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The History and Topography of the County of Clare by James Frost


Part III. History of the County of Clare
Chapter 30. Reign of James II. and William and Mary. 1689 to 1700.

James II. lands in Ireland; Daniel Viscount Clare appointed Lord Lieutenant, and Sir Donogh O’Brien, Bart., High Sheriff of Clare; Lord Clare arms the County, and Sir Donogh undertakes to raise money and military stores; He makes a call upon the gentry to furnish horses for the service of the king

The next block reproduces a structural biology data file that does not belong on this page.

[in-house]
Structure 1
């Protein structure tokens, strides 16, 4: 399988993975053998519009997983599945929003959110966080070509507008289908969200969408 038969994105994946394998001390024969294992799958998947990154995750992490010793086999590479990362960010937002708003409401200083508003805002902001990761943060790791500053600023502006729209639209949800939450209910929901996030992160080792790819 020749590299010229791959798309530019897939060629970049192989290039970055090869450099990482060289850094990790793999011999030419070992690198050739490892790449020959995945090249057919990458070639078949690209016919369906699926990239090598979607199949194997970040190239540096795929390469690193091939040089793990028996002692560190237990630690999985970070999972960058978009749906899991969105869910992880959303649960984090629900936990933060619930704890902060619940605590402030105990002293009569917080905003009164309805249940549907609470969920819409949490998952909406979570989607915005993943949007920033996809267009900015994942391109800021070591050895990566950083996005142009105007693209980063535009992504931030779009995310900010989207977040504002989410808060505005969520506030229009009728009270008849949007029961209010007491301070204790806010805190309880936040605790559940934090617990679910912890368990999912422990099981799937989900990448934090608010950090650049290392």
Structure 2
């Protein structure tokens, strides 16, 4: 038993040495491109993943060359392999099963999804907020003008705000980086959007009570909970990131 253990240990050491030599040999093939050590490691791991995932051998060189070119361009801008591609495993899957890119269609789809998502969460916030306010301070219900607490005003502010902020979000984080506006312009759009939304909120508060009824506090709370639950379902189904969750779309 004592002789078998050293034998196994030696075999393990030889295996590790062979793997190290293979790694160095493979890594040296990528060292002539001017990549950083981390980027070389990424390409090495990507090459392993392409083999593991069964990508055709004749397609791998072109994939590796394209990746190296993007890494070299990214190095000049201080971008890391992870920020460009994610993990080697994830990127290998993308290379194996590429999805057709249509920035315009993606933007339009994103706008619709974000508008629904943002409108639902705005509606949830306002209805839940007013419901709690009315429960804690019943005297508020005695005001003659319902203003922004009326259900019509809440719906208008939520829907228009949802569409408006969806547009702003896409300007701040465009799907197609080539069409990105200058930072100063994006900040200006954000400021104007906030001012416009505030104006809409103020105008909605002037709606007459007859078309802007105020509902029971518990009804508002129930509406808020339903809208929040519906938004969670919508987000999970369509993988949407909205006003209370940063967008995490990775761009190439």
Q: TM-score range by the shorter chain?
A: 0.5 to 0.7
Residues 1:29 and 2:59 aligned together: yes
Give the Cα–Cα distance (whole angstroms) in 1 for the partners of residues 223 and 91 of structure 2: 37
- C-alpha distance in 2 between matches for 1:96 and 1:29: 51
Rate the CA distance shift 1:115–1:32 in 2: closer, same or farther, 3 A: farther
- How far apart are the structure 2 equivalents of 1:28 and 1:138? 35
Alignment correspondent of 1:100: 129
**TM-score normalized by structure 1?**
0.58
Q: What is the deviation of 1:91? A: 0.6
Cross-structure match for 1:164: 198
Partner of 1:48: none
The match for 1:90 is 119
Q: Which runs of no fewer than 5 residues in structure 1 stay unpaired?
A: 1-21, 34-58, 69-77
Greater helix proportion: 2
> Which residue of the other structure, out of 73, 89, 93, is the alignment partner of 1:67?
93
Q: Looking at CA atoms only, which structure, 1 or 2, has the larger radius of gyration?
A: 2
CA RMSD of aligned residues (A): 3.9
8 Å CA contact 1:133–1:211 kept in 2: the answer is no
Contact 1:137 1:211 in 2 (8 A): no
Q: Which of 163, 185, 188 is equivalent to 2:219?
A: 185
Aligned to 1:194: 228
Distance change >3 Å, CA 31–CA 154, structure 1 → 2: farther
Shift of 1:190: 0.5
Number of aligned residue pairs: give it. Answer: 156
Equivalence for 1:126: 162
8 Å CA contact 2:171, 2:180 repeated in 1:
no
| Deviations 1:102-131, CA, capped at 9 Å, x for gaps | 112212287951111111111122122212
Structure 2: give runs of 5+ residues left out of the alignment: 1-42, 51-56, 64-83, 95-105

When James II. landed in Ireland and summoned the people of the country to his support, in no part was the call to arms more heartily responded to than in Clare. Sir Donogh O’Brien, Bart., of Leamaneh and Dromoland, was appointed high sheriff, and Daniel Viscount Clare was named Lord Lieutenant of the county. To these were mainly committed the King’s interests, and well and boldly did they show their loyalty. Lord Clare appears to have assumed to himself the duty of raising the men, while to the high sheriff was entrusted the business of providing money and military appliances for the support and equipment of the troops. In a letter from Sir Donogh to the Earl of Limerick, giving an account of horses pressed in the county of Clare and sent to Cork for the service of the King, he says: “I send a list of the chief gentlemen and ablest persons in this county whose names I have returned to the respective High Constables to be summoned immediately to bring in their best horses without delay to go to Cork. Lieut.-Col. M‘Namara was with me at the making of this list, and has sent a squadron of dragoons to each High Constable to go about with them, and immediately to seize such of the several persons as refuse or delay the bringing in of their horses, and to carry them as prisoners before your Lordship. This course will, I hope, expedite the business, so that I make no doubt a good many of the horses will be at Limerick on Monday next, and the rest soon after. My Lord, it is the want of horses generally throughout this country, which have been taken from the people by dragoons and others,—and not the want of good will to serve his Majesty with all they have,—that makes this county so backward in sending their horses as your Lordship says they are. But now, I hope, what they send will please your Lordship, and that you will not impute any default of this to me, since I have endeavoured and always will be ready to execute your Lordship’s commands.—Your Lordship’s humble servant, Donogh O’Brien, Sheriff of the County of Clare. Dromoland, 26th April, 1690.” [1]

 

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